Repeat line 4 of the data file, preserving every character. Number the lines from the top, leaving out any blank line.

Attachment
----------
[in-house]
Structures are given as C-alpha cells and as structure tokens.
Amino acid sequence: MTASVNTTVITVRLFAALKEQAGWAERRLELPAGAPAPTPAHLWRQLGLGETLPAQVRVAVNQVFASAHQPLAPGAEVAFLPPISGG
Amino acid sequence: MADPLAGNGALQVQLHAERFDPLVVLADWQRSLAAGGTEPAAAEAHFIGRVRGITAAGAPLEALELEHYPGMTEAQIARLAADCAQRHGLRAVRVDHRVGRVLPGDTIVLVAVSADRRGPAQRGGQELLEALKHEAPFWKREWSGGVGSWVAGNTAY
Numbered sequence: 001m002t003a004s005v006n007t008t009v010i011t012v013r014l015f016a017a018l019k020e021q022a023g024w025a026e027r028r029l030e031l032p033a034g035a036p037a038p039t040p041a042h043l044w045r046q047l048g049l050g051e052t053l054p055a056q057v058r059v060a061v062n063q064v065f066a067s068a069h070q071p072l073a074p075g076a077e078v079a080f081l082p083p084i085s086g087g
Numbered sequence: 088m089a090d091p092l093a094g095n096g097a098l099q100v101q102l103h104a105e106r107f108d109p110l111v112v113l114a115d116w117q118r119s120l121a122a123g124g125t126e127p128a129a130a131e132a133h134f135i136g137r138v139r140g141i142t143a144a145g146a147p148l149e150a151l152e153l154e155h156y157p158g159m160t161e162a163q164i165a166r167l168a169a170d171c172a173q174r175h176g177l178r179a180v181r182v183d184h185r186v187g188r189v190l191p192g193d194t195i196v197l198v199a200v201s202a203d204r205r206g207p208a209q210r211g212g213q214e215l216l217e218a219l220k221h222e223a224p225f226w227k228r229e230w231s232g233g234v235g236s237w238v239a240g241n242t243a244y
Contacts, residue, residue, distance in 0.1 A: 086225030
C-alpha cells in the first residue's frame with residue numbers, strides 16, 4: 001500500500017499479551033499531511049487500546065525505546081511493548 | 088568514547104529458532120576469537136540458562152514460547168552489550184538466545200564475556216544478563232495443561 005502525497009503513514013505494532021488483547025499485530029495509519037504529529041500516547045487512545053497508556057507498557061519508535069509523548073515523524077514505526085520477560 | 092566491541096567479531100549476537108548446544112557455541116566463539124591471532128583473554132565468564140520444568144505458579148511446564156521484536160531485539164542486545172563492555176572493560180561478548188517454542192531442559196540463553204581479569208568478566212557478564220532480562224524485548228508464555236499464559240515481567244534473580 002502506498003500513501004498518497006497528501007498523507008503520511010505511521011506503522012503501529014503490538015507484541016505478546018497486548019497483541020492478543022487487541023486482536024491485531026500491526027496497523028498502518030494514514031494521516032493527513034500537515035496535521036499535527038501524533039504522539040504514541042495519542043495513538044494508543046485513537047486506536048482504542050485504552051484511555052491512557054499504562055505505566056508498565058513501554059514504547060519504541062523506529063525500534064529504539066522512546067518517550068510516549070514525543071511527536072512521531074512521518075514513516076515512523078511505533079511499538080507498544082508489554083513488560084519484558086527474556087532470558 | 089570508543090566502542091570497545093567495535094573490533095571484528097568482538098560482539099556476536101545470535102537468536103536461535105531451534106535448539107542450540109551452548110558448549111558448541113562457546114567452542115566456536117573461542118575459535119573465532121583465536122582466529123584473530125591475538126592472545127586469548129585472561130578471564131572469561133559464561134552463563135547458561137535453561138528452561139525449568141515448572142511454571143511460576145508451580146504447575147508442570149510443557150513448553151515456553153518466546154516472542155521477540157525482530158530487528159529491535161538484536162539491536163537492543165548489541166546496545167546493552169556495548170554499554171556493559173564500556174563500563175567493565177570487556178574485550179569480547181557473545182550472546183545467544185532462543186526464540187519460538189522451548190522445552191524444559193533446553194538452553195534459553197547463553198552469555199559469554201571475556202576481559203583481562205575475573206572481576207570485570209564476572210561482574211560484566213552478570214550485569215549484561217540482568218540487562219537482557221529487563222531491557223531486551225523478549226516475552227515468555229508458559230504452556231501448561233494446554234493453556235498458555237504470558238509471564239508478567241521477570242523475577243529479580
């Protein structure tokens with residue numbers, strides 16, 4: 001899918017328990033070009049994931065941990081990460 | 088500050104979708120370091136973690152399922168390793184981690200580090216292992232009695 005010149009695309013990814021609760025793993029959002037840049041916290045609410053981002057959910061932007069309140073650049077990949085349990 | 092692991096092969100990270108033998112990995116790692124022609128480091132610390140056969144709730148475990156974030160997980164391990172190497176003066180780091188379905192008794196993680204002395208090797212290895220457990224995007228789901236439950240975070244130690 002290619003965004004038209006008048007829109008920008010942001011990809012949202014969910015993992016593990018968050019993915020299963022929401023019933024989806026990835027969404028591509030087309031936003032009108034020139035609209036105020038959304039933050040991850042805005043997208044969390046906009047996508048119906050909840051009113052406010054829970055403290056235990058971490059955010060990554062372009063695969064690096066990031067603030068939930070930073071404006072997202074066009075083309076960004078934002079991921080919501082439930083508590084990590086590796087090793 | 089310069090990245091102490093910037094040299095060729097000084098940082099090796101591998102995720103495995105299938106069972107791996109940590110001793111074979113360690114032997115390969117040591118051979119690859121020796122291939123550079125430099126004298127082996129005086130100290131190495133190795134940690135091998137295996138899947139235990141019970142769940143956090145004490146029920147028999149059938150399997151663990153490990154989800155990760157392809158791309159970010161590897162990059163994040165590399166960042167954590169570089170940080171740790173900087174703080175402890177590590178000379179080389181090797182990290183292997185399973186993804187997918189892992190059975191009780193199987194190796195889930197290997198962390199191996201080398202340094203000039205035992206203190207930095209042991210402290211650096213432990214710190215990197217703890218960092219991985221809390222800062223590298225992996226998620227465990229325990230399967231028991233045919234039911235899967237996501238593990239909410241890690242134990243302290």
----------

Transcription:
Amino acid sequence: MADPLAGNGALQVQLHAERFDPLVVLADWQRSLAAGGTEPAAAEAHFIGRVRGITAAGAPLEALELEHYPGMTEAQIARLAADCAQRHGLRAVRVDHRVGRVLPGDTIVLVAVSADRRGPAQRGGQELLEALKHEAPFWKREWSGGVGSWVAGNTAY